Court Declares Psystar “Admitted Counterfeit” in Mac OS X Copyright Infringement Case, Apple Wins Summary Judgement – Highlights
On November 13, 2009 Apple earns important legal victory in the copyright-infringement action against Psystar, a Florida company that sells counterfeit Macs. United States District Court for the Northern District of California awarded the summary judgment win. Seven additional claims against Psystar including breach of contract, trademark infringement, and trademark dilution remain for trial.
Psystar is a Florida based company that sells “clone” / counterfeit computers they advertise as running Apple’s Mac OS X. The company did this against Apple’s EULA, and other Intellectual Property protection measures. Psystar is also potentially liable for using Apple’s Trademark illegally. Apple took them to court to protect its intellectual properties. The case is waiting for trial in California with United States District Judge William Alsup presiding.
Latest development: Psystar’s defense continues to fall short. In its request for summary judgment, none of the Psystar arguments is successful in court so far. Instead, in the eyes of the law, the court determines Psystar “admitted counterfeit” with the very same evidence Psystar provided to court which they hoped will defend itself. Isn’t that ironic?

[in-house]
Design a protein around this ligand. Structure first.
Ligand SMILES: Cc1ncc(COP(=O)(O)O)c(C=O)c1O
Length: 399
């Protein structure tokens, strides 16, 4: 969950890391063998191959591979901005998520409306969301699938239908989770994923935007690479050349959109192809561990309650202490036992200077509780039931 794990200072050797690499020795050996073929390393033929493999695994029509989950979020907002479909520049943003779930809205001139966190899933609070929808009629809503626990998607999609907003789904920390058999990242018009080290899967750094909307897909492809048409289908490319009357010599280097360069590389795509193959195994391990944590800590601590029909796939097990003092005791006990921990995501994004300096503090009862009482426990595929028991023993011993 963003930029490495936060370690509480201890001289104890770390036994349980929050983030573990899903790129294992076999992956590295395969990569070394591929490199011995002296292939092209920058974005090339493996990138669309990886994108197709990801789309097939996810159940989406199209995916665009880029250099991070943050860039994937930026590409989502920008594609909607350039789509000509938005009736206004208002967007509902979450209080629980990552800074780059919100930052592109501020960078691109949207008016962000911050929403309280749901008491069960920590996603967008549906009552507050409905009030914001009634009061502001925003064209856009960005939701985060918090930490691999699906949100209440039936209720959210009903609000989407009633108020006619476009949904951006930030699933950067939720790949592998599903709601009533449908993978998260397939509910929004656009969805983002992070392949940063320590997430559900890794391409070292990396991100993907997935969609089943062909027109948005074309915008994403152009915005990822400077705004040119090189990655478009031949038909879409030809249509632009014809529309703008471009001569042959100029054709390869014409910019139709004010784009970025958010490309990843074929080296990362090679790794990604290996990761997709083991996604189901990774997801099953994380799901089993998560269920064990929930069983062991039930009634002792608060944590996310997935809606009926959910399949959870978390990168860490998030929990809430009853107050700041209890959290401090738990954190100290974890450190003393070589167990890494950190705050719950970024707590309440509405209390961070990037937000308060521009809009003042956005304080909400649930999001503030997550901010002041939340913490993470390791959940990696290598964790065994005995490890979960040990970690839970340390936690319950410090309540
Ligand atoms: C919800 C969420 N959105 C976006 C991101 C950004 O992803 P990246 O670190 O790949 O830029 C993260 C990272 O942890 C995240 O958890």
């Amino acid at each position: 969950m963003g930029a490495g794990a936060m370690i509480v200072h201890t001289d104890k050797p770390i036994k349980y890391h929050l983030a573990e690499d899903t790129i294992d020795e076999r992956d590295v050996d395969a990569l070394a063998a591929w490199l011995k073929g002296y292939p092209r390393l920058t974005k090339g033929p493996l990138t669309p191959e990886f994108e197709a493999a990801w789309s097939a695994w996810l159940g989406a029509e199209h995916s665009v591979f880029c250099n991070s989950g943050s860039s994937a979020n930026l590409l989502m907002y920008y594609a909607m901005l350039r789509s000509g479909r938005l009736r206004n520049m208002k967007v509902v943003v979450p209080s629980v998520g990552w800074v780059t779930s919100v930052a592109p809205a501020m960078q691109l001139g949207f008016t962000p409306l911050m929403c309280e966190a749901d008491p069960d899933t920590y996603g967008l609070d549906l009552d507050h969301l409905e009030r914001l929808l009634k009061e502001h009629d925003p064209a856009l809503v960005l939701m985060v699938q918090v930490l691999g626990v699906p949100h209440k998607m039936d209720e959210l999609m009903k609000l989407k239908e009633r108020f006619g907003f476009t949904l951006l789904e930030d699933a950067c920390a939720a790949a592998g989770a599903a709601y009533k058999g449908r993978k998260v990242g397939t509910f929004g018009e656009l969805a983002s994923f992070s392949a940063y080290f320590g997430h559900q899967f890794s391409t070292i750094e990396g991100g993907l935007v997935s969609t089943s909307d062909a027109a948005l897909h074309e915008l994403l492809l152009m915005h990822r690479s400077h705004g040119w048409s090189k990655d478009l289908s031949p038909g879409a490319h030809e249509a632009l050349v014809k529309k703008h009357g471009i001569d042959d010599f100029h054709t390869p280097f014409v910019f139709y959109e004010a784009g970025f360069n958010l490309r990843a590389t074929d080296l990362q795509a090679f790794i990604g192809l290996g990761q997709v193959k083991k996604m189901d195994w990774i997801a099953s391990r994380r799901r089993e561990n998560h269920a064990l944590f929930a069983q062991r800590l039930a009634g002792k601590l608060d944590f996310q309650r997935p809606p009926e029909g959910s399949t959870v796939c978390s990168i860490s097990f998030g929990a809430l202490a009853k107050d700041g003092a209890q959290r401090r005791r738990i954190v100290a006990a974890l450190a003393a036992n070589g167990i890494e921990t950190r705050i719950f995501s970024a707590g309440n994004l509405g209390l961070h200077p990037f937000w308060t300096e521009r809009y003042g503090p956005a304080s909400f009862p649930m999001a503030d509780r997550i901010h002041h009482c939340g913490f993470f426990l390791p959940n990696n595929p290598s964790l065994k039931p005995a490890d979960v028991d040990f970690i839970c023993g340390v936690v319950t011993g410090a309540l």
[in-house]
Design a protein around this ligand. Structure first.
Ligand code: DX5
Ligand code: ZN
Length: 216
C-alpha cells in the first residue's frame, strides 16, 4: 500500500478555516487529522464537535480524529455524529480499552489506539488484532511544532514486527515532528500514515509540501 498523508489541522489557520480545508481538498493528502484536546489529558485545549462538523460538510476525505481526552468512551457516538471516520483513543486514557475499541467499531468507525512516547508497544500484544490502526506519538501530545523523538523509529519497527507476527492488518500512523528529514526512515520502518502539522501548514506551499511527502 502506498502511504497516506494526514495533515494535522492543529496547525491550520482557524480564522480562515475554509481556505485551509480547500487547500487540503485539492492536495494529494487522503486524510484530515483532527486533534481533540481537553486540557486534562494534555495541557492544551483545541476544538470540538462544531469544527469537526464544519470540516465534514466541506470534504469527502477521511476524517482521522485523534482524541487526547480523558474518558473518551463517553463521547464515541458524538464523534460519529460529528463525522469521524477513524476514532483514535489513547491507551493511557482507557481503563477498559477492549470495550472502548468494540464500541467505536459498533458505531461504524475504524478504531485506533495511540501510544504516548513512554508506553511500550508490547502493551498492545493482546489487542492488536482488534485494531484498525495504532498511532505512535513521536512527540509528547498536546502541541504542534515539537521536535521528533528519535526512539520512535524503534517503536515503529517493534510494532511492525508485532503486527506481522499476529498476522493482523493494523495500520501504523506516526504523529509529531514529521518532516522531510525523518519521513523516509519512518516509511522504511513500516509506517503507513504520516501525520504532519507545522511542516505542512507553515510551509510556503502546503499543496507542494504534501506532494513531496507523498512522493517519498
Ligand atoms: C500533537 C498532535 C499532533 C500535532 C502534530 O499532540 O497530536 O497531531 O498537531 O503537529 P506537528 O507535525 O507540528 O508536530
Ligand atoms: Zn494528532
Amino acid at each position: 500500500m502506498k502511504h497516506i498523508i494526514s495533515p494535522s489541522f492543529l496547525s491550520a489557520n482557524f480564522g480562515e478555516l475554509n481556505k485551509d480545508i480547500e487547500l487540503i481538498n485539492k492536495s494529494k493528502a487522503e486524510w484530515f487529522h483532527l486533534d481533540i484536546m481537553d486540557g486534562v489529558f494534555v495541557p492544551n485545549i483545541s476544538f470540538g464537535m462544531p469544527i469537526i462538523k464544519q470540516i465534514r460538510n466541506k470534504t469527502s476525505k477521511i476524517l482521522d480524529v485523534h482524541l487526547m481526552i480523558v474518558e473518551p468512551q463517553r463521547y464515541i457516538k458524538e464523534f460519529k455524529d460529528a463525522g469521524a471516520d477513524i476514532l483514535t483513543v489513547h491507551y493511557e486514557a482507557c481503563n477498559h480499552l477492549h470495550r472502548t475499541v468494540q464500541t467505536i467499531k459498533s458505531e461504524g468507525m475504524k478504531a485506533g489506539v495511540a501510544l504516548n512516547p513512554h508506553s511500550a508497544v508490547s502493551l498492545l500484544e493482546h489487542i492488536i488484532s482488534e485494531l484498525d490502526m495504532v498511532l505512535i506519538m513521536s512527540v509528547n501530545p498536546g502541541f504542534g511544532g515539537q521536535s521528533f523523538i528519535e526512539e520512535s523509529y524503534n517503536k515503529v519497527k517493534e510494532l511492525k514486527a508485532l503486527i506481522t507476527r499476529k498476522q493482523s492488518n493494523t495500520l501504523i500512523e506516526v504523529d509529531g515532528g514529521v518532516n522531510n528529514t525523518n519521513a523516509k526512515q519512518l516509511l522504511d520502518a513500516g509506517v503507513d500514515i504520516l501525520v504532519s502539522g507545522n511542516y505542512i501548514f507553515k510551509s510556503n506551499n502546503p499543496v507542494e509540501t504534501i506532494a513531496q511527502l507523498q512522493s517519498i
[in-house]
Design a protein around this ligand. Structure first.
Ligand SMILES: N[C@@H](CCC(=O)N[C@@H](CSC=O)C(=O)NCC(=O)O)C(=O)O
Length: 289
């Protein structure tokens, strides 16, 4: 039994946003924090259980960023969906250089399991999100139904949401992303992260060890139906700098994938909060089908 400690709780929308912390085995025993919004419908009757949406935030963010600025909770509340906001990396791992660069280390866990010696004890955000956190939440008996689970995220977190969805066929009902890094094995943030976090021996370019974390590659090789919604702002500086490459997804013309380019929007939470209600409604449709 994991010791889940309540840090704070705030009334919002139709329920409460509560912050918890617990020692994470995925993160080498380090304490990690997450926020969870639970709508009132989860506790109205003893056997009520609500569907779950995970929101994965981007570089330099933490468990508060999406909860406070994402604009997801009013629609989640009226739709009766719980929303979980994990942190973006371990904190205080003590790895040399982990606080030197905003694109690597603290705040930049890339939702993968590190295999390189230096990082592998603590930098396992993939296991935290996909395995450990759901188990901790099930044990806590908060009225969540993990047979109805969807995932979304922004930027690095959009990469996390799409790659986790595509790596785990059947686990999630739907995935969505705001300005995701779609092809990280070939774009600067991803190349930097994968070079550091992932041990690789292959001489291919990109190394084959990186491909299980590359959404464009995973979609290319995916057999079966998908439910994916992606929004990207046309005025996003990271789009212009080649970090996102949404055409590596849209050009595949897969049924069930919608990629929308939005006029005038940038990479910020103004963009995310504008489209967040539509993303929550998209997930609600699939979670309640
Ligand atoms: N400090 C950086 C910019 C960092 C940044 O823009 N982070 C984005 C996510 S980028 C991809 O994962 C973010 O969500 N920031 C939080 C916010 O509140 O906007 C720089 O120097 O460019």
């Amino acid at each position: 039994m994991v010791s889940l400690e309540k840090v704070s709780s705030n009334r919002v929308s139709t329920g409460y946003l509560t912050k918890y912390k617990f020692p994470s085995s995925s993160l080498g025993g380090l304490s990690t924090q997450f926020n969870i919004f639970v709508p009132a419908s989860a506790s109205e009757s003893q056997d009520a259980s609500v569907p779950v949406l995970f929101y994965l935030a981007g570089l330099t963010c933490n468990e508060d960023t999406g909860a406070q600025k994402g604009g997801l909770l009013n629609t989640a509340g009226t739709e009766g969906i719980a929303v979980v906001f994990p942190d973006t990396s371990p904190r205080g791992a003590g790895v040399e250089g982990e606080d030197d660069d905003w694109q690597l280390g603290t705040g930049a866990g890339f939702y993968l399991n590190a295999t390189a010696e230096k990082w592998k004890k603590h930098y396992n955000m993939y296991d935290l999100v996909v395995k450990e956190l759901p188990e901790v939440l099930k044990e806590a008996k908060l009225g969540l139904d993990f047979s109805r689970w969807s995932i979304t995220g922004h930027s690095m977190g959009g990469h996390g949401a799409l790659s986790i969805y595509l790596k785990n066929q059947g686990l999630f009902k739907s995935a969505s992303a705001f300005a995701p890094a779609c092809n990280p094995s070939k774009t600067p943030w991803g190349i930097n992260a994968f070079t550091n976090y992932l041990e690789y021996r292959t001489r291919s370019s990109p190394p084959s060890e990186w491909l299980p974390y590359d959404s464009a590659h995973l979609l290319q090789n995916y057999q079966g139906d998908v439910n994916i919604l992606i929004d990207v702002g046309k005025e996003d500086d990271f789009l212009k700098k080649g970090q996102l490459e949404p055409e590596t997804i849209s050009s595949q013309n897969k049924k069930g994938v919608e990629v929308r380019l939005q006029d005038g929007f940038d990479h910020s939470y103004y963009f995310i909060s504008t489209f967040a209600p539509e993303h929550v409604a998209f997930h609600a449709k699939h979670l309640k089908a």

Two words: EPIC FAIL
Furthermore, referring to the Psystar arguments, the court uses unambiguous keywords such as “rejected, fails, and never fully addresses the issue.”
It could be described by the lyrics of a popular song “Knock You Down” featuring ft. Neyo. Kanye West sings: “This is bad, real bad Michael Jackson.” So, who is bad?
In short, the court determines: “Psystar has violated Apple’s exclusive reproduction right, distribution right, and right to create derivative works. Accordingly, Apple’s motion for summary judgment on copyright infringement must be granted.” [p10 7-9]
Psystar tried to raise monopoly and anti-trust concerns by arguing Apple is misusing copyright. To that, the court determined the “egregious examples of copyright misuse in the decision cited by Psystar provide further support for this order’s determination that Apple has NOT engaged in copyright misuse.” [p12 13-14]
Apple’s motion is GRANTED and Psystar’s motion is DENIED. But how did the court come to that conclusion?
Apple Unfair / Greedy / Stifling Competition?
While the court findings are clear, armchair pundits, with questionable understanding of copyright and intellectual property protection, quickly decries Apple as being unfair, greedy, stifling competition, among other things, without looking into details of the actual court findings.
With bulk of Psystar’s arguments failing under court scrutiny, it’s time to bust some Copyright Myths.
This article contains the highlights of the recent summary judgment and the significance of this lawsuit. Depending on your point of view, it may or may not be as entertaining as Mythbusters. There won’t be any explosions, but there will be a good amount of material for the logic part of the brain.
Continue reading using the navigation elements on top or on the bottom of the page…
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